An animal-rights activist was arrested Friday on charges she planted a radiocontrolled pipe bomb in an apparent attempt to kill the head of a company that experiments on dogs, police said.
Fran Stephanie Trutt, 33, of New York, was captured shortly after midnight as she left the grounds of U.S. Surgical Corp., police said.New York City police later removed two 3-by-6 inch pipe bombs from Trutt's home in Queens, "one with a fuse, one with a radio," Detective Joseph McConville said. She had initially given her parents' address in suburban New Hyde Park, N.Y., police said.
The New York-based Fund for Animals, which had filed a complaint over the dog experiments, said it had no connection with Trutt.
"We were horrified to learn of this," said Julie Lewin, the organization's Connecticut coordinator. "We in no way condone any terrorism. Violence toward people does not help animals."
"Ms. Trutt is a self-styled member of several animal rights groups and considers the policies of U.S. Surgical to be an affront to animal rights," said police Lt. Jeff Finch.
She was charged with attempted murder, possession of explosives and manufacturing a bomb, and was being held under $500,000 bond pending an appearance Monday in Norwalk Superior Court, police said.
Police had staked out the company, which produces surgical stapling devices, after receiving information that it might be the target of violence, Finch said.
Officers saw Trutt enter the grounds with a package and leave it in some bushes about 10 feet from Chairman Leon Hirsch's vacant parking space, Finch said.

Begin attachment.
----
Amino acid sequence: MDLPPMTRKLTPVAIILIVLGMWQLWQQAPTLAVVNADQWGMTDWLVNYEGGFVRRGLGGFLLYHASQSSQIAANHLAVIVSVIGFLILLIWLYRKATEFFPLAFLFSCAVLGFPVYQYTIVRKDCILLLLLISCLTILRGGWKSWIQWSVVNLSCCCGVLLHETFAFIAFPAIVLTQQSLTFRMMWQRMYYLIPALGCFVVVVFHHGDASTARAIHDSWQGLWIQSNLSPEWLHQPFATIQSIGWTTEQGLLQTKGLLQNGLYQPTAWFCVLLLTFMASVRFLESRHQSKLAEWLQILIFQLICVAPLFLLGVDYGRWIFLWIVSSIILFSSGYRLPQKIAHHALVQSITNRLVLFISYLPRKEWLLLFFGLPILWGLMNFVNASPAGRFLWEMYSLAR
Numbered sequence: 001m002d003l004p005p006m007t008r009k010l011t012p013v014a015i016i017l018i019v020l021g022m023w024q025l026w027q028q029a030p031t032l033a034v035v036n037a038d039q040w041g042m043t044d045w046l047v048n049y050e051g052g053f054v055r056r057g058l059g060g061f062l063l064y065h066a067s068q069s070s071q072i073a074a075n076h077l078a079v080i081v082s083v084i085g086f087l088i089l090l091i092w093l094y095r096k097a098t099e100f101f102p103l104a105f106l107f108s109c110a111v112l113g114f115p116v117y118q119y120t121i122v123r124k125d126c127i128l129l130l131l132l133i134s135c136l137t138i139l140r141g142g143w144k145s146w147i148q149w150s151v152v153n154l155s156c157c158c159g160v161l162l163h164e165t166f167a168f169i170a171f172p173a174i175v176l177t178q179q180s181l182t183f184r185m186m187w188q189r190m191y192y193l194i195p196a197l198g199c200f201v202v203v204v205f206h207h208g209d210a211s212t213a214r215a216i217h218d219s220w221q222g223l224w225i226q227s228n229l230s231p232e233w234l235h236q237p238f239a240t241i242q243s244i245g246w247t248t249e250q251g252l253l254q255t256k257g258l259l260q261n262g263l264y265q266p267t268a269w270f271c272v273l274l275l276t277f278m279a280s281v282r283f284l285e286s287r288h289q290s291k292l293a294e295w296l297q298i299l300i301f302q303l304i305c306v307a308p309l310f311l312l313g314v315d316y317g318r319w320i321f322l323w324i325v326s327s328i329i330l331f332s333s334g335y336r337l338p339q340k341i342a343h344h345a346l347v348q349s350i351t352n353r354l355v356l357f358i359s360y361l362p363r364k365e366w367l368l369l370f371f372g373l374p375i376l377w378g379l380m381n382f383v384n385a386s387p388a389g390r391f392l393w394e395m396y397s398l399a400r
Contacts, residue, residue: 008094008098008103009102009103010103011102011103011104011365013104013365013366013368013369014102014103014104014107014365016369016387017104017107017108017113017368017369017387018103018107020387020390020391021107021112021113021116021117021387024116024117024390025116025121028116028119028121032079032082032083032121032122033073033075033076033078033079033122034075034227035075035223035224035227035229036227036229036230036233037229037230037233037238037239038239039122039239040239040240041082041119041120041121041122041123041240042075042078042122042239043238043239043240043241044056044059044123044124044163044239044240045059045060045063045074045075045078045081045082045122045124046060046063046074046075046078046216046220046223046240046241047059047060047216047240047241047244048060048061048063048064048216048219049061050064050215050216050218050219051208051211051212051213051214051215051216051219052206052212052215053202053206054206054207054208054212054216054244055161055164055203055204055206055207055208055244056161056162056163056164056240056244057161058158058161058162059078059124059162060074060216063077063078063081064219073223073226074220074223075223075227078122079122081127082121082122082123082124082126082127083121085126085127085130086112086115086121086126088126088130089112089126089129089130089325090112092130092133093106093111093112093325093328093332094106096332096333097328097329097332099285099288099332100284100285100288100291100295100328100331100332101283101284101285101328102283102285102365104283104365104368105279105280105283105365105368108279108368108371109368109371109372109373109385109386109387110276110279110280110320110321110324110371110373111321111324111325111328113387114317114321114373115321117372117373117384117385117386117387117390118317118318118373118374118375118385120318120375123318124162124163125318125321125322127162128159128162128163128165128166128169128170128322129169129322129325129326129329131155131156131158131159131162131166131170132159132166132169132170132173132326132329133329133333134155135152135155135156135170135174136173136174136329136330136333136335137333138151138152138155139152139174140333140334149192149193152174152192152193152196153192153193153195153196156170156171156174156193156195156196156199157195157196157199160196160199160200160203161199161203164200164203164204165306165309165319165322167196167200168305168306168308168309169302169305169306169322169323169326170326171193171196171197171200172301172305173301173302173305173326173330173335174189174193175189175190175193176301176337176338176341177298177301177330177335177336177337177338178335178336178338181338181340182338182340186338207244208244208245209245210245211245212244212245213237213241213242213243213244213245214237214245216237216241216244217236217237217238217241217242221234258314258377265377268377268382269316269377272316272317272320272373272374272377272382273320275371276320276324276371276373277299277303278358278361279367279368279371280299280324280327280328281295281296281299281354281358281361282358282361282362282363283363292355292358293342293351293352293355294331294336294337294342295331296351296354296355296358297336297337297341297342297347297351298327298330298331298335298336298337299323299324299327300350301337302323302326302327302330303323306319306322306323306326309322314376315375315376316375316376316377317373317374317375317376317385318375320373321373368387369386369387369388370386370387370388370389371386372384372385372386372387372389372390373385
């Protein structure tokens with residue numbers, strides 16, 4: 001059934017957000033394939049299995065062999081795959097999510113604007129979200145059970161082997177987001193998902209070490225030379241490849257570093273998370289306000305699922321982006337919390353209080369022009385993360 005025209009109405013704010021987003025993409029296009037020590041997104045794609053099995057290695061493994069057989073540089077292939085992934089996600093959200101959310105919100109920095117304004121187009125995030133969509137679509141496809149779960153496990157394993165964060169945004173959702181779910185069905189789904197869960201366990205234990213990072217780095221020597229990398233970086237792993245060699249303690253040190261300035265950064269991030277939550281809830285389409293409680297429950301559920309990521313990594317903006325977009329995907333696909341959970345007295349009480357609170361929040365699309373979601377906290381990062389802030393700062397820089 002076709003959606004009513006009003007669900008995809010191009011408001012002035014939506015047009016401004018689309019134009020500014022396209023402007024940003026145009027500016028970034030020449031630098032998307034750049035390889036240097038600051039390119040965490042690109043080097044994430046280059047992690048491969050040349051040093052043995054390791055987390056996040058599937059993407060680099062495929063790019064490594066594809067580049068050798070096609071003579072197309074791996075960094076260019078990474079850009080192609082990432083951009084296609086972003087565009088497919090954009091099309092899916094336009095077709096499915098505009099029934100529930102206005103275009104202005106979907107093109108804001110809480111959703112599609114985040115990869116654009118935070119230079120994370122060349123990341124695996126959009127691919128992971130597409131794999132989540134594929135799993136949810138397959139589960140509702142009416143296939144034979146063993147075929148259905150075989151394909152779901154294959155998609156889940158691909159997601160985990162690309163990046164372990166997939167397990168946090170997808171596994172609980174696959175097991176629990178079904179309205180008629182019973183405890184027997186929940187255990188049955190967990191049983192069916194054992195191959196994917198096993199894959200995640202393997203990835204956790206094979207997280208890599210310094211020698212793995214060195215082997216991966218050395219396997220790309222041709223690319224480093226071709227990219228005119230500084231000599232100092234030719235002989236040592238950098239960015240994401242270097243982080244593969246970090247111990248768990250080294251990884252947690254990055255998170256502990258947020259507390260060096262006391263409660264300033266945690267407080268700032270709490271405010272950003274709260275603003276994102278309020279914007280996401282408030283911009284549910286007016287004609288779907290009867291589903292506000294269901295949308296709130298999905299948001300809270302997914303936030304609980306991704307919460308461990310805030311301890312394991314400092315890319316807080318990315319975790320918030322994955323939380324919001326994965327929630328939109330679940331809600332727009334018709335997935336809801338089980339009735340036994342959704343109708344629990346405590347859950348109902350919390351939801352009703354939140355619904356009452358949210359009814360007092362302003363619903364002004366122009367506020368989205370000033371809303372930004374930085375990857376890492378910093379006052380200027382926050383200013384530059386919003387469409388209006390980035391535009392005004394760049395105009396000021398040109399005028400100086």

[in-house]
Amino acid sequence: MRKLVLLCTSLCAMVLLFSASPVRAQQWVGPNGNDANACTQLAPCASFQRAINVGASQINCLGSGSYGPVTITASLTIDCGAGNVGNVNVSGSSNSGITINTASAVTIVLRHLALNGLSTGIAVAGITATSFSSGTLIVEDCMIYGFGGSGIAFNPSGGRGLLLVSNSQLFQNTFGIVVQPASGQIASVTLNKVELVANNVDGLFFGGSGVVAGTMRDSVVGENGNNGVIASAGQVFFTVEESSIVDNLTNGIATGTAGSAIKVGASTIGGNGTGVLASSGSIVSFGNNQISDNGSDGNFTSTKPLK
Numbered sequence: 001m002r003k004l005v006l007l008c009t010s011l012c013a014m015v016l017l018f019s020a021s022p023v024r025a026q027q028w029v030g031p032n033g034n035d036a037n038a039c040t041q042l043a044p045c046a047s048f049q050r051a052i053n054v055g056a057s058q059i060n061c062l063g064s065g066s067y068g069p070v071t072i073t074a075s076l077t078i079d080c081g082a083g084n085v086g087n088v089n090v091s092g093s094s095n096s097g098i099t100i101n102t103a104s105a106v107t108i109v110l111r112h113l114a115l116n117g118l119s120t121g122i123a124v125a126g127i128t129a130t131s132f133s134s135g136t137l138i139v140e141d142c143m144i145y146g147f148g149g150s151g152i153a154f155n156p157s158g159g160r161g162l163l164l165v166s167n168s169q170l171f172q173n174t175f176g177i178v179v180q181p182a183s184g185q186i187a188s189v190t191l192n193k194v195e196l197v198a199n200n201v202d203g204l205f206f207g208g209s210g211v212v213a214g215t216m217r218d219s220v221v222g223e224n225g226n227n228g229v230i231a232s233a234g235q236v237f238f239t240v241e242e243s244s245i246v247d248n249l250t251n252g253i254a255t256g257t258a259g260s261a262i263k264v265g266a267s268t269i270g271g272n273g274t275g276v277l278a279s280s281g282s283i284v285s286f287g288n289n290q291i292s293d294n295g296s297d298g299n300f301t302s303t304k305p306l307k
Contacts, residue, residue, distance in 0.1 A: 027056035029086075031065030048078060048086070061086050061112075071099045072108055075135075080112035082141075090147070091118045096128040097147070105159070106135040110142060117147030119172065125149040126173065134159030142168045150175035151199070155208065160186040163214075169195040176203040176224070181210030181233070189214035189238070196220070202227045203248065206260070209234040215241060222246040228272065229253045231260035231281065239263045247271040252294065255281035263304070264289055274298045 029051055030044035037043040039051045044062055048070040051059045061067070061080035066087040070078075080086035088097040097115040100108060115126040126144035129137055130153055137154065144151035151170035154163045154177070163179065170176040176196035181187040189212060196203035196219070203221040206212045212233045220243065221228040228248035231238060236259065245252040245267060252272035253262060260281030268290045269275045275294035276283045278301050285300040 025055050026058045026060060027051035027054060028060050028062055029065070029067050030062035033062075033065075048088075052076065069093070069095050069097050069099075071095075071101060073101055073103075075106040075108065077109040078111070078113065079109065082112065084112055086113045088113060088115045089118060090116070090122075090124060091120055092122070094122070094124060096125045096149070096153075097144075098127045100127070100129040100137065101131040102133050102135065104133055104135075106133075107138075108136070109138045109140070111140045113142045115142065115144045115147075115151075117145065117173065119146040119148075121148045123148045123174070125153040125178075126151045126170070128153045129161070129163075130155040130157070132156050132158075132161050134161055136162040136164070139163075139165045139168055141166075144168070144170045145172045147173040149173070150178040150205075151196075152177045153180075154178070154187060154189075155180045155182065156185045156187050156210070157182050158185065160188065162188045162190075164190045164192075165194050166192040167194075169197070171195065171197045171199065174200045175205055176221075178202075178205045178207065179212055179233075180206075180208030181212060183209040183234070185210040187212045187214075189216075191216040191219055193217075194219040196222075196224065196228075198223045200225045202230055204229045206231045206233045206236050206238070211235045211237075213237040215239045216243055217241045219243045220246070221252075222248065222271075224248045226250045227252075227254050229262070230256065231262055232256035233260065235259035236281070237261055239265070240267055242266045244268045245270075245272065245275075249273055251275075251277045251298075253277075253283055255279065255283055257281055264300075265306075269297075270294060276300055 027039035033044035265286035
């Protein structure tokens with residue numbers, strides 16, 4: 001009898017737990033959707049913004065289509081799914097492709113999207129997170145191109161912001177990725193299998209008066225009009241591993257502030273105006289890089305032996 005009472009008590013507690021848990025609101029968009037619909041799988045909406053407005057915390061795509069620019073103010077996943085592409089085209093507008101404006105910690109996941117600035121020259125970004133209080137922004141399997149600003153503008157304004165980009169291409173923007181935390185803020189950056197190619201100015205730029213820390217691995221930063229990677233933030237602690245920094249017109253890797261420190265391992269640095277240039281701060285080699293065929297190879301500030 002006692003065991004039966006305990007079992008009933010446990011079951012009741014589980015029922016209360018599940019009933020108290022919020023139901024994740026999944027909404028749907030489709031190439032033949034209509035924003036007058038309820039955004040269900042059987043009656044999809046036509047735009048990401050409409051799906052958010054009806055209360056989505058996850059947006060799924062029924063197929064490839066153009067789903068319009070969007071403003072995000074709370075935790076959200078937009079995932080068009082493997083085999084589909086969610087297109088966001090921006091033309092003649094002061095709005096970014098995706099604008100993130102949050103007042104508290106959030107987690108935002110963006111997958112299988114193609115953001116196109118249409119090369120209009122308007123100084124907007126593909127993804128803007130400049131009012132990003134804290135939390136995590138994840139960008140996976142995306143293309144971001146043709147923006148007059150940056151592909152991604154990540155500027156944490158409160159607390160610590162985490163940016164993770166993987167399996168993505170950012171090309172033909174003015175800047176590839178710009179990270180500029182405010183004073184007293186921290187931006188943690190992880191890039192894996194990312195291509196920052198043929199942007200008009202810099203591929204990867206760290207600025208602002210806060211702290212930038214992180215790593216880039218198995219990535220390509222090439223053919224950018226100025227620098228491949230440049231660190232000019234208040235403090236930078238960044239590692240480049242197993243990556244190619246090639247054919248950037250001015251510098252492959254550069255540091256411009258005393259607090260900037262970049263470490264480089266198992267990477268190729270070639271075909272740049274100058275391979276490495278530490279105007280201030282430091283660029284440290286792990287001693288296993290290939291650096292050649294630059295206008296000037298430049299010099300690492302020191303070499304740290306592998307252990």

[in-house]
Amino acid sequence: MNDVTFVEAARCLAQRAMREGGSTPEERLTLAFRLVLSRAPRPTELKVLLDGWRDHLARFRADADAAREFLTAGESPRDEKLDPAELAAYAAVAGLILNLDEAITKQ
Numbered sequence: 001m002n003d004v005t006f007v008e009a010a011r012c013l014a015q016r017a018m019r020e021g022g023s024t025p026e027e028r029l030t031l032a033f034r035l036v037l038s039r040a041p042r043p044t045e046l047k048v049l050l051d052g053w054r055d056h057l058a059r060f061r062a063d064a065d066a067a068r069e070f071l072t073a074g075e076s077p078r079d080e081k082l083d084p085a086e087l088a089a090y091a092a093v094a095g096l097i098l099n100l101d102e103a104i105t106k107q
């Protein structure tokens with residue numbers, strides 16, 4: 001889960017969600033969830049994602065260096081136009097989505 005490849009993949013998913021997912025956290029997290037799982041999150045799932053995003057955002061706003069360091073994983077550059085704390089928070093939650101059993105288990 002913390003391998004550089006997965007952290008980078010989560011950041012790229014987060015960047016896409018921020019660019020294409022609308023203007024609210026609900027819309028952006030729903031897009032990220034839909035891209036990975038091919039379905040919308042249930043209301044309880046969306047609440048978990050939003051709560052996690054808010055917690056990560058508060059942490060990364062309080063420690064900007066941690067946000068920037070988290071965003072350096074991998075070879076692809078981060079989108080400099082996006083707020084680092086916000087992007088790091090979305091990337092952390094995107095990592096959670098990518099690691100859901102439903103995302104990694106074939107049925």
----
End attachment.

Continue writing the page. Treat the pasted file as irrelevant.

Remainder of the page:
Trutt was carrying a radio-controlled detonator for the bomb when she was arrested, he said. Finch initially said Trutt planned to explode the bomb as Hirsch walked into building, but he said later he didn't know when she planned to explode the bomb or whether Hirsch was definitely the target.
He described the device as a "sophisticated bomb capable of killing anyone near it." A Stamford police bomb squad removed it.
About 200 people were working in the plant overnight, Hirsch said.
The potential loss of life made the incident the most serious of more than 100 animal rights actions, including break-ins, vandalism and demonstrations, over the past decade, said Frankie Trull, president of the Washington, D.C.-based Foundation for Biomedical Research. The most serious previous incident was a $3.5 million arson at the University of California at Davis in 1987, Trull said.
The FBI is investigating for possible federal charges, including terrorism, police said.
U.S. Surgical, which employs 2,600 people nationwide, conducts experiments on about 1,000 animals, mostly dogs, a year, Hirsch said. The animals, which are obtained from U.S. Department of Agriculture farms, are destroyed after experiments, he said.
State health officials last month upheld the company's use of anesthetized live dogs to demonstrate its equipment for surgical stapling, a process that replaces stitches to close wounds and incisions.
Hirsch said he had never spoken to or received letters from Trutt.
"I think what we and other companies should be doing is telling the world what these animal activists are really like," Hirsch said.
"The public thinks they're a wonderful group of little old ladies, protecting puppies and pound dogs," he said. "But nothing could be further from the truth. These are hard-core animal extremists who believe the rights of animals supersede the rights of humans."